In defence of fanfic
by George Ivanoff - August 14th, 2012
Goodness me! Fifty Shades of Grey sells squillions of copies and suddenly everyone is talking about fan fiction. Is it creative or is it unimaginative? Is it completely derivative or can it display some originality? Is it a waste of time or can it be a worthwhile pursuit? It seems like every Tom, Dick and Harriett is coming out of the woodwork to slam people who write it.
“It may seem like a joke, but for many the rise of fanfic is “the end of the world”. Fanfic is seen as the lowest point we’ve reached in the history of culture – it’s crass, sycophantic, celebrity-obsessed, naive, badly written, derivative, consumerist, unoriginal – anti-original. From this perspective it’s a disaster when a work of fanfic becomes the world’s number one bestseller and kickstarts a global trend.”
This little nugget is from a recent article in The Gaurdian.
The hugely popular book, Fifty Shades of Grey, had its genesis in a piece of Twilight fanfic… And now it’s a multi-million dollar phenomenon. But is this the downfall of civilization, as we know it? Or is it a storm in a teacup?
I’m voting for ‘storm in a teacup’. Yes, publishers are now looking in the fanfic communities for the next bestseller, instead of in their slush piles. But how long will that last? It’s a phase. Every time you get a huge bestseller, there is a flow-on effect, with copycat publications. But it doesn’t last. A new bestseller will pop up out of the blue and start a new tend soon enough… and fanfic will again be forgotten by mainstream publishers.
But what about the fanfic itself? Does any of it have merit? Or should we dismiss all of it?
As a science fiction fanboy who used to write fanfic and who even edited a fanzine for a while, I’m of the opinion that it does indeed have merit… sometimes. Because it is written and published on an amateur basis there is a higher ratio of crap to gold than in mainstream publishing. But believe me, I have read some fanfic which is infinitely better than some professionally published material.
When I was younger, I used to write and read lots of science fiction fanfic — primarily Doctor Who and Star Trek. Yes, much of it was badly written, including my own stuff, but some of it was pretty good. And it was often very entertaining.
At the time, writing fanfic was fun. It was a way of engaging with my favourite TV shows in a creative way. With the benefit of hindsight, I can say that fanfic provided a good training ground. My stories were guaranteed an audience, and I was often provided with feedback.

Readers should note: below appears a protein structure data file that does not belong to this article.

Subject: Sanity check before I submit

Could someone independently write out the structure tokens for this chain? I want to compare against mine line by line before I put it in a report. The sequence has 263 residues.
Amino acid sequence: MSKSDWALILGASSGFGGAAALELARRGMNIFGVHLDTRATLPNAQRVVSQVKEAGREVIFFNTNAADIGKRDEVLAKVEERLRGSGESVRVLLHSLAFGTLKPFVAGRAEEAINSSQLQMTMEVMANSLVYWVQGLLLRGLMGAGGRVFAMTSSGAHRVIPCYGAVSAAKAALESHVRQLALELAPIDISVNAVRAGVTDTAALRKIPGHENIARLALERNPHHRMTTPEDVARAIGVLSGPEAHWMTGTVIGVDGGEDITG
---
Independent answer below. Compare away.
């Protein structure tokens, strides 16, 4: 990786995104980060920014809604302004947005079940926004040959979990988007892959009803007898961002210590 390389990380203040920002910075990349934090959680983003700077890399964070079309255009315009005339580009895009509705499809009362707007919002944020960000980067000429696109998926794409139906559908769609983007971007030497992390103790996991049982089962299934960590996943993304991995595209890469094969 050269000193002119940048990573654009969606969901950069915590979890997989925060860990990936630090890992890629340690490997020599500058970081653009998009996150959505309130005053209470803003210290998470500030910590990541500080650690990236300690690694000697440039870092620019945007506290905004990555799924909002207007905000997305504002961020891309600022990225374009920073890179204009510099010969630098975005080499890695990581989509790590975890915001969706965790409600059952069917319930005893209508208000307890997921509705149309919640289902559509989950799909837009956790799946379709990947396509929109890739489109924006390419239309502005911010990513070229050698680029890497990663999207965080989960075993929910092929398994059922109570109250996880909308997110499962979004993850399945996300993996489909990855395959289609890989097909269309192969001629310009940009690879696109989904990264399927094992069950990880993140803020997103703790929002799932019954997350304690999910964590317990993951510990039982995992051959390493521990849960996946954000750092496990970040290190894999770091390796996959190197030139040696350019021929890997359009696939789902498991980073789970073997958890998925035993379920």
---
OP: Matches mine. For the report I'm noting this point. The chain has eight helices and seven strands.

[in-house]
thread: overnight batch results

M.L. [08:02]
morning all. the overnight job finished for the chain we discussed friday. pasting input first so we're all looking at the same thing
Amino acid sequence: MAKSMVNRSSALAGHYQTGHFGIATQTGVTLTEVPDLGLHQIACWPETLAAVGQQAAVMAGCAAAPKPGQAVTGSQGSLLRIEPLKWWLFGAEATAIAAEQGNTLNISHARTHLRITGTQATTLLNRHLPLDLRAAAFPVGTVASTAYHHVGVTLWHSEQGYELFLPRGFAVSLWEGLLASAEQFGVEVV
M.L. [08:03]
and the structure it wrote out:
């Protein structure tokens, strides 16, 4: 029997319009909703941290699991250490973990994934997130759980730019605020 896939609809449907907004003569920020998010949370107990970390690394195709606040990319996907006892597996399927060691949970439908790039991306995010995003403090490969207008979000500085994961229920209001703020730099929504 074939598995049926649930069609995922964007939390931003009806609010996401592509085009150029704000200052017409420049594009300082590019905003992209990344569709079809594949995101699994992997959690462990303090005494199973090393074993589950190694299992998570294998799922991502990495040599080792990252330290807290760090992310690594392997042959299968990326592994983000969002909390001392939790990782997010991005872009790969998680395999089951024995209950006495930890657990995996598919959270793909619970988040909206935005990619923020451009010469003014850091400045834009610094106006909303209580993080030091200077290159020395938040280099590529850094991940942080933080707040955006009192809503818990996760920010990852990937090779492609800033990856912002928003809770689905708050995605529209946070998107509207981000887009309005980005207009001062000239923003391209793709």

I eventually moved on from fanfic, preferring to write my own original material… stuff that I could sell and have professionally published. And many other professionally published authors have some fanfic floating around in the dark distant past.
In 2008 I had the opportunity to write a Doctor Who short story, “Machine Time”, for an officially licensed Doctor Who anthology, Short Trips: Defining Patterns (now sadly out of print). Because it was licensed and professionally published, that story is not considered fanfic. But at its core, it is. I wrote it because I am a Doctor Who fan. So why is my story any more acceptable than a piece of fanfic?
What about all the tie-in books that are published each year based of a plethora of TV shows and films? You’ll find that a great many of the authors are fans of the franchise they are writing for. Sean Williams is a Star Wars fan as well as an author — and he writes Star Wars tie-in books as well as his own best-selling original novels. What about Michael Moorcock? He wrote a Doctor Who novel. Do you think any less of them as authors because they have written for a franchise? After all, tie-in books are the professional equivalent of fanfic.
So why all the hoo-ha about amateur writers who choose to write about their favourite obsessions? Why is it acceptable to write original material as an amateur, when writing fanfic opens you up to ridicule? It’s a bit unfair, really.
Catch ya later, George
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